How binge drinking ”drives heart disease”November 27th, 2008 - 12:59 pm ICT by ANI
Washington, Nov 27 (ANI): A team of researchers has identified the precise mechanisms by which binge drinking contributes to clogs in arteries that lead to heart attack and stroke.
Their study contributes to a growing body of evidence that drinking patterns matter as much, if not more, to risk for cardiovascular disease than the total amount consumed.
Going on a ”binge” means having five or more drinks for men, and four or more drinks for women, in two hours, according to the National Institute on Alcohol Abuse and Alcoholism (NIAAA).
Many studies suggest that an irregular pattern of heavy drinking brings about a two-fold increase in risk for a fatal heart attack, even as moderate drinking has been shown to reduce risk (the red wine effect).
Alcoholic beverages contain ethanol, which is mostly converted into acetaldehyde once in the human system at ”binge” levels, with the levels of acetaldehyde remaining high for many hours after the binge has ended.
The new study clarified for the first time that binge levels of acetaldehyde cause an important type of immune cell, the monocyte, to become better able to stick to blood vessel walls, an important step in initiating atherosclerotic disease.
Researchers said that clarifying these mechanisms promises to empower the design of new treatments to counter the effects when combined with lifestyle change.
In the past, experts believed that atherosclerosis developed when too much cholesterol clogged arteries with fatty deposits called plaques. When blood vessels became completely blocked, heart attacks occurred.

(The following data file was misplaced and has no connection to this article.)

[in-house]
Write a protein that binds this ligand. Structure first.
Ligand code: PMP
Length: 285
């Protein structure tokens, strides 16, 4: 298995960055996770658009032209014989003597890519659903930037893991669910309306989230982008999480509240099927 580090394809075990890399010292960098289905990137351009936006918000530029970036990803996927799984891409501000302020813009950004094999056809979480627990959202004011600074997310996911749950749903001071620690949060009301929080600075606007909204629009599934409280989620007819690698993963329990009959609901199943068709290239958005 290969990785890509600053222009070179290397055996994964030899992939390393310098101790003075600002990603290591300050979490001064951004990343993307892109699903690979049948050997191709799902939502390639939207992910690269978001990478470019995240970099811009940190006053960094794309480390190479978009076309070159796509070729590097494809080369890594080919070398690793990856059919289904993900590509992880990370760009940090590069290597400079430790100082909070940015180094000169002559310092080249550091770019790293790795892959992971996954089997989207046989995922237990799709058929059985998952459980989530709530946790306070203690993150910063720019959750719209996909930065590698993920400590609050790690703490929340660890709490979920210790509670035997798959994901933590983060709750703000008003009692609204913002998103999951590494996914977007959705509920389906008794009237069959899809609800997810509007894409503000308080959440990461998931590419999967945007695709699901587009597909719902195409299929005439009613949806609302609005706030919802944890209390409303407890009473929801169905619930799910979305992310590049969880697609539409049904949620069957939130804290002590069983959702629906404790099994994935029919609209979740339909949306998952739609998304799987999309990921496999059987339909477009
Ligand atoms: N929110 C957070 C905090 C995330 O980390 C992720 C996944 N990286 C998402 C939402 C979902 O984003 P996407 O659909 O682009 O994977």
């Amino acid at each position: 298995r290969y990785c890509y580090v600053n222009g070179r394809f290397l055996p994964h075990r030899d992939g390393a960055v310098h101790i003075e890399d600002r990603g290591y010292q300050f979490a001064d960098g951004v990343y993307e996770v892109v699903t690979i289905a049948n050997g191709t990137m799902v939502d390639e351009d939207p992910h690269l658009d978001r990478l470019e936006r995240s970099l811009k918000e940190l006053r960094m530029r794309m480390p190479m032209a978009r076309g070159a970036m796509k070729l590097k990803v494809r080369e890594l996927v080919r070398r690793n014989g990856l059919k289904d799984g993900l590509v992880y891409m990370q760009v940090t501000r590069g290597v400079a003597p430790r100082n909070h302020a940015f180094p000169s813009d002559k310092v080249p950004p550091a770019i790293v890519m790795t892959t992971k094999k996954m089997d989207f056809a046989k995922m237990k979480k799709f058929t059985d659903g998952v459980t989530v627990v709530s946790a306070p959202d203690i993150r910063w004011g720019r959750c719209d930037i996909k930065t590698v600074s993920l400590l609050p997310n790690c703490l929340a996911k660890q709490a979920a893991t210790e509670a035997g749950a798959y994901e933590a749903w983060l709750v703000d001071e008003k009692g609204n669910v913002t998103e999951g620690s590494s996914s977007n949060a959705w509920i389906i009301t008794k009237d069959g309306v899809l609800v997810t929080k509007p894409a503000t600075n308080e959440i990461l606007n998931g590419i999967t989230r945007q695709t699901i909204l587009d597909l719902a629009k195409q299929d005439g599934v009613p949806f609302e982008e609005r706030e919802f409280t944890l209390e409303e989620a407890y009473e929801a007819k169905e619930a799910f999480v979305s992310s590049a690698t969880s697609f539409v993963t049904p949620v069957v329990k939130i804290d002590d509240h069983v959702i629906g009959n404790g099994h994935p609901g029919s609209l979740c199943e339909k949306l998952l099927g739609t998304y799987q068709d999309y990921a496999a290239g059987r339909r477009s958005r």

Now most believe that the reaction of the body’’s immune system, more than the build-up itself, creates heart attack risk.
Vessel walls mistake fatty deposits for intruders, akin to bacteria, and call for help from the immune system.
Among other cell types, monocytes arrive with the goal of preventing infection, but end up causing inflammation that drives blood vessel blockage.
“Factors like binge-drinking have been linked to increased risk for heart disease, and the newer inflammatory model is beginning to explain how,” said John Cullen, Ph.D., assistant professor in the Department of Surgery at the University of Rochester Medical Center.
“One of our experiments found that acetaldehyde, at levels found in the blood after binge drinking, increased the number of monocytes that can adhere to cells lining blood vessels by 700 percent,” said Cullen, who led the study.
The authors hope the results of the new study empower public health campaigns that discourage binge drinking.
The study is published in the journal Atherosclerosis. (ANI)
- Vaccines for heart attacks to be ready within 5 years - Apr 01, 2012
- Biomarker can nip hardening of arteries in the bud - Jan 22, 2012
- Targeting fatty acids in immune cells may cut atherosclerosis risk - Jul 24, 2010
- Experts wary of Lancet's study on good cholesterol - Jun 14, 2012
- Gene network behind hardening arteries identified - Sep 19, 2010
- Clogged arteries can also cause clouded thinking - Jul 22, 2011
- Weight loss lowers diabetics' risk of heart attacks - May 04, 2012
- Post-menopause, women more vulnerable to heart attacks - Jun 12, 2012
- New technique to identify potential atherosclerosis risk found - Apr 12, 2011
- Vegan lifestyle 'ups risk of heart attack, stroke' - Apr 07, 2011
- Wine's role ambiguous in protecting heart - Jan 31, 2012
- Breakthrough can re-grow blood vessels in heart - Feb 17, 2012
- Scientists develop new animal model to tackle liver disease - Jul 05, 2012
- New study reinforces belly fat, high-fat meals and heart disease link - Feb 18, 2011
- Chemical in plastic bottles aggravates heart risk - Aug 16, 2012
Tags: acetaldehyde, alcohol abuse, alcohol abuse and alcoholism, alcoholic beverages, binge drinking, blood vessel walls, body of evidence, clogged arteries, disease researchers, fatal heart, fatty deposits, heart attack, heart attack risk, immune cell, lifestyle change, moderate drinking, monocyte, national institute on alcohol abuse and alcoholism, precise mechanisms, red wine